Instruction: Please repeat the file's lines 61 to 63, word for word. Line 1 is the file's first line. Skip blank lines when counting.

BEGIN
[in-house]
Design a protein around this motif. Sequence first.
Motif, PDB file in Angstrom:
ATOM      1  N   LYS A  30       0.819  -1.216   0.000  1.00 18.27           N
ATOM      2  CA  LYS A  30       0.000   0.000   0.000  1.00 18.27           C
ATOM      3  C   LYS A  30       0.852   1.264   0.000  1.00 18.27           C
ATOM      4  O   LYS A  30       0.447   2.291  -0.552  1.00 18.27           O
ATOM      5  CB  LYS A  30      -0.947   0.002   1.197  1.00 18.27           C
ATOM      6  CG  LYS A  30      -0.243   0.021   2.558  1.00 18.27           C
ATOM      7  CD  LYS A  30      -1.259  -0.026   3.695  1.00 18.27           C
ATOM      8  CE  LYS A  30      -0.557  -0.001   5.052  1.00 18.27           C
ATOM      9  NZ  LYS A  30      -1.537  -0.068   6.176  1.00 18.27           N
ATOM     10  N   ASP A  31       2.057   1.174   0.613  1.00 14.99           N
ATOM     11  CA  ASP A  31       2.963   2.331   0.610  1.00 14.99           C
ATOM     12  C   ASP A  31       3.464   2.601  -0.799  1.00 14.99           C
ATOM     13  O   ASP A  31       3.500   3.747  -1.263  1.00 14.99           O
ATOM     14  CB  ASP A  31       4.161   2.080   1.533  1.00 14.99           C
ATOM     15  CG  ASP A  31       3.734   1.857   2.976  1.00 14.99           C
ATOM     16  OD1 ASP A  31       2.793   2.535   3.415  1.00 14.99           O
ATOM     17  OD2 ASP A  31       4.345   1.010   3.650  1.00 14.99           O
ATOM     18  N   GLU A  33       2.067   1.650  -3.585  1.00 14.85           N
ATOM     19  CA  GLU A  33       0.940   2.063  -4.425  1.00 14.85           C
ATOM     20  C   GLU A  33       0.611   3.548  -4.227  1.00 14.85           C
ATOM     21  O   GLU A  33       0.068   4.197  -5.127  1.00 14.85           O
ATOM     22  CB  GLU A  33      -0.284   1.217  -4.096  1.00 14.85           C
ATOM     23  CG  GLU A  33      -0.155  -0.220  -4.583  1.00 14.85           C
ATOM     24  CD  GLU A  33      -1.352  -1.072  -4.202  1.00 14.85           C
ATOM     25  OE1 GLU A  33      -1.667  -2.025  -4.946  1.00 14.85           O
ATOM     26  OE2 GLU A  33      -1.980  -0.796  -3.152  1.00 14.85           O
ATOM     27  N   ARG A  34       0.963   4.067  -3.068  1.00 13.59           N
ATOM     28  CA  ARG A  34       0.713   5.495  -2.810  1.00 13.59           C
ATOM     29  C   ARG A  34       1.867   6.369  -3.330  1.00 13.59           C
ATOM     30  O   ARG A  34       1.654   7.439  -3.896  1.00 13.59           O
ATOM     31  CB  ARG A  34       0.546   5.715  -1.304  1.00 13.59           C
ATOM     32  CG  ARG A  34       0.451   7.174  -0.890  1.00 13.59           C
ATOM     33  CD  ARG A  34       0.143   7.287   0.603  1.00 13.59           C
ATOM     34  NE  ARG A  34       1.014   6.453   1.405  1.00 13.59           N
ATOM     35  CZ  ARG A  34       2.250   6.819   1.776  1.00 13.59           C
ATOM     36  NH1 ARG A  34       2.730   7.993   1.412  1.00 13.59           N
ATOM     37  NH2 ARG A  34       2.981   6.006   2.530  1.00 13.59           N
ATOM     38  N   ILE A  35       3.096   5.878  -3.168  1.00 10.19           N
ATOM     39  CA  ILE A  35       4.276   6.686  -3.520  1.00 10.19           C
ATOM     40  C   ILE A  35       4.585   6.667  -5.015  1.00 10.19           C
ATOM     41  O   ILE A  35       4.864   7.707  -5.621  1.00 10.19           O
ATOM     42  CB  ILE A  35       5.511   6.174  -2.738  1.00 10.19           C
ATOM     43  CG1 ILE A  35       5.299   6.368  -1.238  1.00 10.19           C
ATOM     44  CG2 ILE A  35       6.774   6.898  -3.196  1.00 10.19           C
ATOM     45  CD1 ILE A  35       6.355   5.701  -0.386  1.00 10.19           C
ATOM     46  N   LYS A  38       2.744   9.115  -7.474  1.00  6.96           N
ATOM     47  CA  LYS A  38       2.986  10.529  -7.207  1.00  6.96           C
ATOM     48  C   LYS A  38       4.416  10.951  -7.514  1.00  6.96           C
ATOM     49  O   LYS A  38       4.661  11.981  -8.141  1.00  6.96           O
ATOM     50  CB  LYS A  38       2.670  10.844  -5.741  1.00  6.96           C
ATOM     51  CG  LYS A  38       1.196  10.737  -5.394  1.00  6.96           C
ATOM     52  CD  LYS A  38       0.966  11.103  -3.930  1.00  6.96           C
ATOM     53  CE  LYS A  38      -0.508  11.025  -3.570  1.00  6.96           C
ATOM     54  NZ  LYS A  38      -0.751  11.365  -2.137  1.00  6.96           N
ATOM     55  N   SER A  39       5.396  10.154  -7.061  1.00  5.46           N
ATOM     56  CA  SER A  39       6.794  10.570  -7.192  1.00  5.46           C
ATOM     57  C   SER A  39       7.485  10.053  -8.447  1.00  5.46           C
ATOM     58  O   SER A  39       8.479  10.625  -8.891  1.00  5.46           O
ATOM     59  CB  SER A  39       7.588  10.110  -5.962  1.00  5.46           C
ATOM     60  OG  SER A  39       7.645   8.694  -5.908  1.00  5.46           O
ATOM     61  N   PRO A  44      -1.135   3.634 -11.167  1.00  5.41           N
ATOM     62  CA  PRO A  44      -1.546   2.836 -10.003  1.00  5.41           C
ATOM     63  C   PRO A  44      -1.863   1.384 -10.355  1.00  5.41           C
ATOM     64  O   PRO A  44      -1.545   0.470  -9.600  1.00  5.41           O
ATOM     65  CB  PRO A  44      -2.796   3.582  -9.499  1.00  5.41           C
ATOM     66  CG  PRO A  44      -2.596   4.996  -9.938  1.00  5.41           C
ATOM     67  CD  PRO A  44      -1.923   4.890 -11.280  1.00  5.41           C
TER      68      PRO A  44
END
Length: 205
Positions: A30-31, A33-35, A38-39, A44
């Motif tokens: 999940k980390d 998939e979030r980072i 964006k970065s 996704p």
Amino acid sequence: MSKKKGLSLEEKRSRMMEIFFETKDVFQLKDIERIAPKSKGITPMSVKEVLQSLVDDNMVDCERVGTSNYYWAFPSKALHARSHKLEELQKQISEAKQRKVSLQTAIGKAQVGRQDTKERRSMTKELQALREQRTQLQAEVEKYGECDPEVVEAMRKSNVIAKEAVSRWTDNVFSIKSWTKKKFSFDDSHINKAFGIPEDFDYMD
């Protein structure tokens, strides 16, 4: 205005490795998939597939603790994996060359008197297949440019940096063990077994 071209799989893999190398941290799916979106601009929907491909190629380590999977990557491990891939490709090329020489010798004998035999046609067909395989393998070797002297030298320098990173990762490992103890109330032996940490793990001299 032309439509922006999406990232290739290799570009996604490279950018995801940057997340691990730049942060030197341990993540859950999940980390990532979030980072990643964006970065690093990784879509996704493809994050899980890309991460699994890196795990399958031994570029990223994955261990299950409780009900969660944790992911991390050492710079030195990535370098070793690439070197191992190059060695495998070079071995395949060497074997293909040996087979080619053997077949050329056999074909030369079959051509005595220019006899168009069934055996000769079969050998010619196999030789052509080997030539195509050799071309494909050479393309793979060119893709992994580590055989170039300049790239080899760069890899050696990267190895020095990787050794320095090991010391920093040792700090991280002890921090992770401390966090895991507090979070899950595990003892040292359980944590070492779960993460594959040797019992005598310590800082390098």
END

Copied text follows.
ATOM     58  O   SER A  39       8.479  10.625  -8.891  1.00  5.46           O
ATOM     59  CB  SER A  39       7.588  10.110  -5.962  1.00  5.46           C
ATOM     60  OG  SER A  39       7.645   8.694  -5.908  1.00  5.46           O